Mineral/Lithic Class (Siliciclastic, Neritic, in part, and possibly Volcaniclastic, in part, of Mazzullo, et al. The name, Mineral/Lithic, was suggested by Guy Rothwell.)

(Excludes glass and microfossils.)

Def: All mineral grains (clastic, authigenic and precipitates) not included in other granular sediment classes. (Precipitates and carbonaceous materials occurring in quantities greater than 50% would be classified in the "Chemical Sediments" of the ODP Classification.)

Discussion: The term "clastic" is replaced with mineral/lithic as "clastic" implies sediments are detrital eroded and redeposited from pre-existing rocks, a provenance consideration, and does not allow inclusion of authigenic products (e.g. authigenic clay minerals, zeolites, some iron oxides). Distinguishing authigenic from detrital clay is beyond the scope of most preliminary core examinations, and, in any event, all clays need to be grouped into the same category to preserve the customary usage of the "clay" term. "Silici" is dropped because although the bulk the class comprises silicate minerals, some non-silicates are included.



Feldspars (plagioclase, K-feldspars)

Ferromagnesian minerals (amphiboles, pyroxenes and olivines)

Clay minerals

Micas (biotite, muscovite,)


Heavy minerals (garnet, tourmaline, zircon, rutile, barite, apatite)


Zeolites (phillipsite, clinoptilolite)


Metallic extraterrestrial grains


Rock fragments (excluding glass, tuff: including coarse-grained recrystallized carbonates, small igneous rock fragments)




Mn nodules, crusts


Neritic Class of Mazzullo, et al. The Neritic Class is dropped from this revised scheme for NGDC data so that all the biogenic components are grouped together and also to eliminate any provenance interpretation. Recognizable biogenic calcareous fragments and coarse-grained calcareous rock fragments are placed in the Biogenic Class and oolites into the Mineral/Lithic Class. This results in some loss of descriptive detail as the recrystallized calcareous rock would herein be termed "limestone" as the primary sediment name. The more precise name involving fabric considerations, packstone, grainstone, etc., could be added to the comment column, as well as to the NGDC list of rock codes.

Mixed Sediments of Mazzullo, et al. The Mixed Sediments Class is also dropped from this scheme. As a principal name, "mixed sediment" does not seem to relay much useful information; the modifiers attached to the principal name should sufficiently indicate various mixtures. "Mixed" when applied to sediments from mixed environments would, in any event, be inappropriate in this descriptive classification.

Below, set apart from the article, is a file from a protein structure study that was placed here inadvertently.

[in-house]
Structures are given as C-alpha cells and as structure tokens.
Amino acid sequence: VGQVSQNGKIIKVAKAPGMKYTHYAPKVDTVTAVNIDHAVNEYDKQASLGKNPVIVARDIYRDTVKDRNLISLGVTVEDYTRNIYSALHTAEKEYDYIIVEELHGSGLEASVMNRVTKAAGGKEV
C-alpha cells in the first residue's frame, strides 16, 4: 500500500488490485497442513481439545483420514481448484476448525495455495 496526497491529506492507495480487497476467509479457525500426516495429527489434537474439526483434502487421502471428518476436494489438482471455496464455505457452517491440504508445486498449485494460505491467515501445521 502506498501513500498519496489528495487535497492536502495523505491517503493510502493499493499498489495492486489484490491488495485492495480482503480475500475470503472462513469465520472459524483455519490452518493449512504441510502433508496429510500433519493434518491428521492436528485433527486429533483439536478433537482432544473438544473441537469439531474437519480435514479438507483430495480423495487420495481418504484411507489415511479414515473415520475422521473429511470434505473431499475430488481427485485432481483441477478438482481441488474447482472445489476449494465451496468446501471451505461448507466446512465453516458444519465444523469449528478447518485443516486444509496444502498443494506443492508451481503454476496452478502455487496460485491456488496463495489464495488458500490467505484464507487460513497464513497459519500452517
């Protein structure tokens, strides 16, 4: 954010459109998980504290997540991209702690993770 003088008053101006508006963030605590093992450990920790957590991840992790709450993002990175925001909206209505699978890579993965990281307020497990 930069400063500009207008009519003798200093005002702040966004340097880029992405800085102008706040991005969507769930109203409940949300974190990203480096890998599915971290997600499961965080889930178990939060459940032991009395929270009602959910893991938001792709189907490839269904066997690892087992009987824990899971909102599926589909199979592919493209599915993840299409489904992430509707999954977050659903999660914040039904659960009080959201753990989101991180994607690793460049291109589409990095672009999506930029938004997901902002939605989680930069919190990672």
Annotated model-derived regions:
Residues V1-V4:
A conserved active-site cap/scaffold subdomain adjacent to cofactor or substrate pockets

Class Ternary Diagram - The three classes within the Granular Sediment Type are defined by the ternary diagram below. Note that if the percentage of a single fossil group, (e.g. foraminifers) or fossils of a single mineral composition (e.g. radiolarians, diatoms, and silicoflagellates combined comprise 30% of the sediment, then the biogenic names (ooze, chalk, etc.) are applied. If combining the percentages of all the fossil components, then 50% is required to apply the Biogenic terms. (Because this diagram lumps all of the biogenic components at one apex, a 30% cut-off would be too low to be consistent with standard usage which only applies "ooze" if a single fossil group comprises 30% of the sediment. I have expanded on this slightly to allow grouping of a fossils of the same chemical compositions to be classified an ooze with 30% composition. (e.g. combined foram tests and nannoplankton may be termed a "Foraminifer/Nannoplankton Ooze.")

ternary diagram.


Name Structure

Following the general conventions of the Marzzullo et al.,/ODP classification, granular sediments are classified by designating a principal name and major and minor modifiers. The principal name is derived by (a) determining the percentages of components to determine granular-sediment class (ternary diagram, above) and (b) selecting the appropriate name from the list unique to that class, (see below). The major and minor modifiers give additional component, and grain-size information. Major modifiers (components) comprise more than 25% of the sediment in the Glass and Mineral/Lithic Class and precede the principal name; minor modifiers (components) comprise 10-25% of the sediment in the Glass and Mineral/Lithic Classes and are designated by "with" following the principal name, (e.g. quartz sand with feldapar.) Because only 30% of a biogenic component is required for the principal name in the Biogenic Class, more than 15% qualifies as a major modifier and 5-15% qualifies as a minor modifier. Some opportunistic descriptors may be added, i.e. "well sorted," "bimodal," "highly fragmented," but for naming simplicity, and potential computer derivation, more detailed observations and descriptions are best placed in the "comments" field.